Q. Any risk you’d care to elaborate on…
One thing that worries me is that we don’t know the long-term effects of these drugs. We know that if you give these drugs to pregnant rats, they are more likely to give birth to deformed foetuses. We know that these drugs massively increase thyroid cancer in rodents, and some scientists believe they increase that risk in humans as well. I am worried about people with eating disorders getting hold of these drugs. That said, I think anyone who’s giving you simplistic advice by saying either ‘Yay! take the drug’ or ‘Boo! the drugs are evil’ is missing the point. There’s a more complex and important conversation in the middle.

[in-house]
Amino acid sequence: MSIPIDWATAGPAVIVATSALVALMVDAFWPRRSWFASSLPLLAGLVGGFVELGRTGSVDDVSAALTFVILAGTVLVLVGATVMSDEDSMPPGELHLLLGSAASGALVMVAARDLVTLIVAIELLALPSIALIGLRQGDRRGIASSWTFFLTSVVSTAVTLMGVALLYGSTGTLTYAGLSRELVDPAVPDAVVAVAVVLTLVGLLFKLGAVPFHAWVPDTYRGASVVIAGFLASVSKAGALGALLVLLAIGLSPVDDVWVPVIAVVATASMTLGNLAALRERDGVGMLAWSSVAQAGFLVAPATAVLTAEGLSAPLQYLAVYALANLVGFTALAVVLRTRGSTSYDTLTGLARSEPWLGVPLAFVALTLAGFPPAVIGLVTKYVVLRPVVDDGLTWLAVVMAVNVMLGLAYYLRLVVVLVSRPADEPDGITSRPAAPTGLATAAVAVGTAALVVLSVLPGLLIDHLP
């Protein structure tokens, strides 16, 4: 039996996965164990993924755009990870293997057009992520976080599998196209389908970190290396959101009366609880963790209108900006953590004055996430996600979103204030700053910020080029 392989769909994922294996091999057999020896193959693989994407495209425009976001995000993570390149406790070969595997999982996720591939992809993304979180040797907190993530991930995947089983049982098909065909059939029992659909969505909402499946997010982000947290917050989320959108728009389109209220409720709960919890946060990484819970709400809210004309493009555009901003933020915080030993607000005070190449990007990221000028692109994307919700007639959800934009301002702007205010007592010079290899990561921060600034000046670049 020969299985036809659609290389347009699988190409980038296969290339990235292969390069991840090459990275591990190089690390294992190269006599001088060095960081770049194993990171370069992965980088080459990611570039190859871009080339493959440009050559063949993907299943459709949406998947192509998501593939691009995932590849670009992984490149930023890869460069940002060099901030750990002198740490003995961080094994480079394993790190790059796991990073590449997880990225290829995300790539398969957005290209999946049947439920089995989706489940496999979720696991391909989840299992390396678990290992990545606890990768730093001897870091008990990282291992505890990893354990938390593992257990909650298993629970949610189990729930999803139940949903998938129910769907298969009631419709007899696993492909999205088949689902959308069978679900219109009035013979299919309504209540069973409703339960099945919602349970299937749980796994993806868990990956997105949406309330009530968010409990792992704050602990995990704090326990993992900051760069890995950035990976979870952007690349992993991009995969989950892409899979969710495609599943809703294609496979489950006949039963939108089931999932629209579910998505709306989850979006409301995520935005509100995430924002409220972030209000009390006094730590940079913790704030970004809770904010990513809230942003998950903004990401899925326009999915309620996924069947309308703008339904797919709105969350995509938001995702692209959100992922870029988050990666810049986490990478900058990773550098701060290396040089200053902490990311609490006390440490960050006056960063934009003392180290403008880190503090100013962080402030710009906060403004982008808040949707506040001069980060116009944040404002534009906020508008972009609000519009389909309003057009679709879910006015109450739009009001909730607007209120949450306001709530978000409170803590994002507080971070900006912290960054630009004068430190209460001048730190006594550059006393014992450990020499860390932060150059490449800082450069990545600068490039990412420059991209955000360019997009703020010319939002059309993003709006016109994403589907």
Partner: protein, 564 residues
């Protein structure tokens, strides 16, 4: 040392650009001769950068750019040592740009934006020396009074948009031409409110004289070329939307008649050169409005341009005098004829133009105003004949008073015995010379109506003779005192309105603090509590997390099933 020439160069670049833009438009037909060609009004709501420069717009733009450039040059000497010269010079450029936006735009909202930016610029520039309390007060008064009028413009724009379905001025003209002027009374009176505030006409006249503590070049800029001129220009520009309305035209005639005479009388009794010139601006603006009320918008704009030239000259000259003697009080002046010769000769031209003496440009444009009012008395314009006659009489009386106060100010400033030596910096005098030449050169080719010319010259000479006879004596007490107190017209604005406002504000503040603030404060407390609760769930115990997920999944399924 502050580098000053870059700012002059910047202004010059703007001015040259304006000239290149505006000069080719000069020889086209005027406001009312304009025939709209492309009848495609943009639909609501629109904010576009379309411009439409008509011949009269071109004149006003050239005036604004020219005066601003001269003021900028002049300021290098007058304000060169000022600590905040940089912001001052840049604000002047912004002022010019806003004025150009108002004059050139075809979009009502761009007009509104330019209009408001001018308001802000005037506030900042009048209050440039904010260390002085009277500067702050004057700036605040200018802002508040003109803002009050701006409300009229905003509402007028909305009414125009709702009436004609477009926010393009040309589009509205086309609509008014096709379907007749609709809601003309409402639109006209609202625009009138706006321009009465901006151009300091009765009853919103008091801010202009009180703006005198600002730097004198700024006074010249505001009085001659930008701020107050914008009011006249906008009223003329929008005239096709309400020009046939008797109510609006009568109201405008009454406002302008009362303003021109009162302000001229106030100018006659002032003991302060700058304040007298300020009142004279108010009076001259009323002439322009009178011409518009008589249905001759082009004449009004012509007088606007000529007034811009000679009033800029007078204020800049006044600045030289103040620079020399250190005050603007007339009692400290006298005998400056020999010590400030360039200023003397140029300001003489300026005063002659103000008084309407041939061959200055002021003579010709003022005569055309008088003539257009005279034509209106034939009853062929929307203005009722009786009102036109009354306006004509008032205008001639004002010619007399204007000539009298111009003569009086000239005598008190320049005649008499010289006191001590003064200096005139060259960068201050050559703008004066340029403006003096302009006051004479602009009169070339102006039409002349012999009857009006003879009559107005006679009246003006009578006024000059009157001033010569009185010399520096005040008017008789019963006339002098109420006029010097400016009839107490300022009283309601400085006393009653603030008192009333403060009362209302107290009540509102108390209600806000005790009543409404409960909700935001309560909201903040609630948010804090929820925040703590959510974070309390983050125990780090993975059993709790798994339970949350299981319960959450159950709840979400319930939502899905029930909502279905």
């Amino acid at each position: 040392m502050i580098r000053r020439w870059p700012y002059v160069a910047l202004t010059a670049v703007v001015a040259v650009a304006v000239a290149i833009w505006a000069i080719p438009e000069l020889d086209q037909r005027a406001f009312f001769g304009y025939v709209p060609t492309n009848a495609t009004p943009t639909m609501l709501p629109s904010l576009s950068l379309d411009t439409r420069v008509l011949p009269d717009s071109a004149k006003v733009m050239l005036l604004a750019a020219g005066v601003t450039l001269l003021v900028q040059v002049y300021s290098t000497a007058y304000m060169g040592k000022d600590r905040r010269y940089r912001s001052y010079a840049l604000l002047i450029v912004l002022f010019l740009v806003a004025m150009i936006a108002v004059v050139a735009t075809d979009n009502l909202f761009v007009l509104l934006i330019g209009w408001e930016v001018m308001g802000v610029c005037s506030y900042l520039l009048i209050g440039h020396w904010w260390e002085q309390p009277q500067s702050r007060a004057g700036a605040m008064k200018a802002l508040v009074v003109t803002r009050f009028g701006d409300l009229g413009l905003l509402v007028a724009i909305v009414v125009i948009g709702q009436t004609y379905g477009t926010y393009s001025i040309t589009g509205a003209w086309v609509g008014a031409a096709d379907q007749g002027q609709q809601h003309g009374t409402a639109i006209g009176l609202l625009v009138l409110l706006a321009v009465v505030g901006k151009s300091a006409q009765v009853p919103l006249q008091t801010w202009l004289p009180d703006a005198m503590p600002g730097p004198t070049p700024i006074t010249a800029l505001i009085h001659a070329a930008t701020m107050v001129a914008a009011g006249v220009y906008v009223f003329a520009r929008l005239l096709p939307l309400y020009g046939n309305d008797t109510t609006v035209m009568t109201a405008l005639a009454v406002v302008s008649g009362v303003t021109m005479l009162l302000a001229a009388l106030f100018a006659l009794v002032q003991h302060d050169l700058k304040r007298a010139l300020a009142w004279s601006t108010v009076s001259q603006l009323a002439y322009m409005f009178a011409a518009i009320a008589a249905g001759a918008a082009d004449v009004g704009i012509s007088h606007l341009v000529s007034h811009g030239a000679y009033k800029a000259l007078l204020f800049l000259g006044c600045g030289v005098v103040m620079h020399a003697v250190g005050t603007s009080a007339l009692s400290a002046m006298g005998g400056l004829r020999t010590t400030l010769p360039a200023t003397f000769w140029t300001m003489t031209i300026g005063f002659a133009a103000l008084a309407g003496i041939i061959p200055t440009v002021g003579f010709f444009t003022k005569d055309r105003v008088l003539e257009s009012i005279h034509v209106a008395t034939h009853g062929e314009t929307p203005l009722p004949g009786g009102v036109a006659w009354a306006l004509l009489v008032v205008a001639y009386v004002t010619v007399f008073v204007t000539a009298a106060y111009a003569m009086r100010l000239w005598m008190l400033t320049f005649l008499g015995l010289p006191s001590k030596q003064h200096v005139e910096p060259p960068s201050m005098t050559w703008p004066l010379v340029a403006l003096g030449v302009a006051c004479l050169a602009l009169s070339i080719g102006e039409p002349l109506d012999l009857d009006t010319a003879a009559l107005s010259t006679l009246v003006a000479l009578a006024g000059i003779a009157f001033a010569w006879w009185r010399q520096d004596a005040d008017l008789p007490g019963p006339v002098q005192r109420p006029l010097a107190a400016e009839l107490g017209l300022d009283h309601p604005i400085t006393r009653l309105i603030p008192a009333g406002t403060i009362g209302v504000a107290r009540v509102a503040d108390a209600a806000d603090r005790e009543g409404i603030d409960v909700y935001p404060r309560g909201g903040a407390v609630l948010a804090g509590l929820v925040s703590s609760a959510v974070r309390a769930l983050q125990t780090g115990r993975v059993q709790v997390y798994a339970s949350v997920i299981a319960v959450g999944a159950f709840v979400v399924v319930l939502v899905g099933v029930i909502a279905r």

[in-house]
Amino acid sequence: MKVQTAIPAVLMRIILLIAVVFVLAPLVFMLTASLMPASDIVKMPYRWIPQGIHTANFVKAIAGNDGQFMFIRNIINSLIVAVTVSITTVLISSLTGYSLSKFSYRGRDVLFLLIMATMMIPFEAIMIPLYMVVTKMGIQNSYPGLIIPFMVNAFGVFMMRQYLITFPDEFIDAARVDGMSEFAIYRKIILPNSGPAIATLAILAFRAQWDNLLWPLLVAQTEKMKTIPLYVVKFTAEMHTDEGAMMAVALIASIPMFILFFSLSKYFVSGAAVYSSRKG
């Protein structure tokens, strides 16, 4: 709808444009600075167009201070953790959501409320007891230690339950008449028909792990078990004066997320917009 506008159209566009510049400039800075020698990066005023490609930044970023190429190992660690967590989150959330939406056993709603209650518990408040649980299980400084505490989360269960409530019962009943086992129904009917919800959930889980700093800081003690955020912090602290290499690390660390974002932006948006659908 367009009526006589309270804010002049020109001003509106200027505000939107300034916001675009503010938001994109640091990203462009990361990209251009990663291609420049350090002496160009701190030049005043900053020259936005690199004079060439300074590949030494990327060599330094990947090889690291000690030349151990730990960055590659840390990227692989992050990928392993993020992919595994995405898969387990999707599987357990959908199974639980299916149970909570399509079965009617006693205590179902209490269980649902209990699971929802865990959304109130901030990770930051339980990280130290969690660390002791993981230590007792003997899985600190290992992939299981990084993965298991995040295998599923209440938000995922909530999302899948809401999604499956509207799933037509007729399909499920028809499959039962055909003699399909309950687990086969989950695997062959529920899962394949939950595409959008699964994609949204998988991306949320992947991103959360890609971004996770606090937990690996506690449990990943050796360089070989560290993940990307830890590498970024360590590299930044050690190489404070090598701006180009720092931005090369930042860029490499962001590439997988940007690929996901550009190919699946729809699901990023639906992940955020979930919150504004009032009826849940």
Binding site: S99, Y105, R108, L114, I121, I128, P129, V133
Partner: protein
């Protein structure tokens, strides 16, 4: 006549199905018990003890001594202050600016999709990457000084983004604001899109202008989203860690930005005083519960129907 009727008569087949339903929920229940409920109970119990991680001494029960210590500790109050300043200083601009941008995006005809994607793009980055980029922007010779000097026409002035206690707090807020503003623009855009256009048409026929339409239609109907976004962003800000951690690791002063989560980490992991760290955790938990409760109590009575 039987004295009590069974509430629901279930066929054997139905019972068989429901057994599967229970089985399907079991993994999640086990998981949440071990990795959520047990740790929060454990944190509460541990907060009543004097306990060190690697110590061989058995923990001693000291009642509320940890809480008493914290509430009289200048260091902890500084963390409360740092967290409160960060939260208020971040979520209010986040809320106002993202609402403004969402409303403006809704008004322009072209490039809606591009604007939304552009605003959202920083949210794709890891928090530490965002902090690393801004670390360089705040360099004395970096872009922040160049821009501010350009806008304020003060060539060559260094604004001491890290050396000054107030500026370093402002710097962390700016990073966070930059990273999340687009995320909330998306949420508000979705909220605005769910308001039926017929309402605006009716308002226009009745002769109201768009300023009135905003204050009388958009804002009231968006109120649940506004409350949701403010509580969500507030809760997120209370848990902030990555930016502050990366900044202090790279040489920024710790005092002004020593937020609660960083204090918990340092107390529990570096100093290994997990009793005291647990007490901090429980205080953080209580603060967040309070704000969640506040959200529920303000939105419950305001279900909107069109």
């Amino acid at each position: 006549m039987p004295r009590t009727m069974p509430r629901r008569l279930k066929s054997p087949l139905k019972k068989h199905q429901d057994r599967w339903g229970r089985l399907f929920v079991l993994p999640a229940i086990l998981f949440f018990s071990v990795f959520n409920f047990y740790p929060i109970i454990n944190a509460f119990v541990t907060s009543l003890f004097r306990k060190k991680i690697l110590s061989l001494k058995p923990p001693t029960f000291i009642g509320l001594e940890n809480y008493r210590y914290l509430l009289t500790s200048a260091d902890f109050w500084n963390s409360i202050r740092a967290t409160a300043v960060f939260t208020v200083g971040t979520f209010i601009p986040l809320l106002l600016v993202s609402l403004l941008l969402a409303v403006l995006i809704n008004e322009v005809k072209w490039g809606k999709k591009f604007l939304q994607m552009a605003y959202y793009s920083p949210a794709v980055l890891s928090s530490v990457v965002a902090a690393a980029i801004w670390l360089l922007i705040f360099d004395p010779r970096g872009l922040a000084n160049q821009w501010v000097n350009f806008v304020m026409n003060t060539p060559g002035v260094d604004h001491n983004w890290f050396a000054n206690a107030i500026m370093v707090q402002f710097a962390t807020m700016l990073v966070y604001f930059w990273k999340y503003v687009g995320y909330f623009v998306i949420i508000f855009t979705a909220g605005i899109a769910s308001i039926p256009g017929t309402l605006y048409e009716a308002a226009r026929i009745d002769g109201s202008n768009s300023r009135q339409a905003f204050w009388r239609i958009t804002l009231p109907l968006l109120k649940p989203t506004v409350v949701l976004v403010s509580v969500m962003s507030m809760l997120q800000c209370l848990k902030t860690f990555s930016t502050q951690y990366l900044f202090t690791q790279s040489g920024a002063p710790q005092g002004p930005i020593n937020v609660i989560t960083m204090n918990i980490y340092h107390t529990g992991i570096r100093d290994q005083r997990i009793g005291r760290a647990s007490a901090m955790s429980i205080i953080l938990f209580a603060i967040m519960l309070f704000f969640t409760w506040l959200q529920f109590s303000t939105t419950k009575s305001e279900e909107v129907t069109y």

There will be people reading your article thinking ‘Well, these drugs are not for me’. But you know, Barclays Bank commissioned Emily Field, a sober-minded financial analyst to investigate the implications of these drugs for their future investment decisions. She came back and said, ‘if you want a comparison for what these drugs are going to mean, you are going to think of the smartphone. This is going to transform the society around us in really complicated ways.’ And I think she is right.

Also read: How weight loss drugs are changing the diet and fitness industry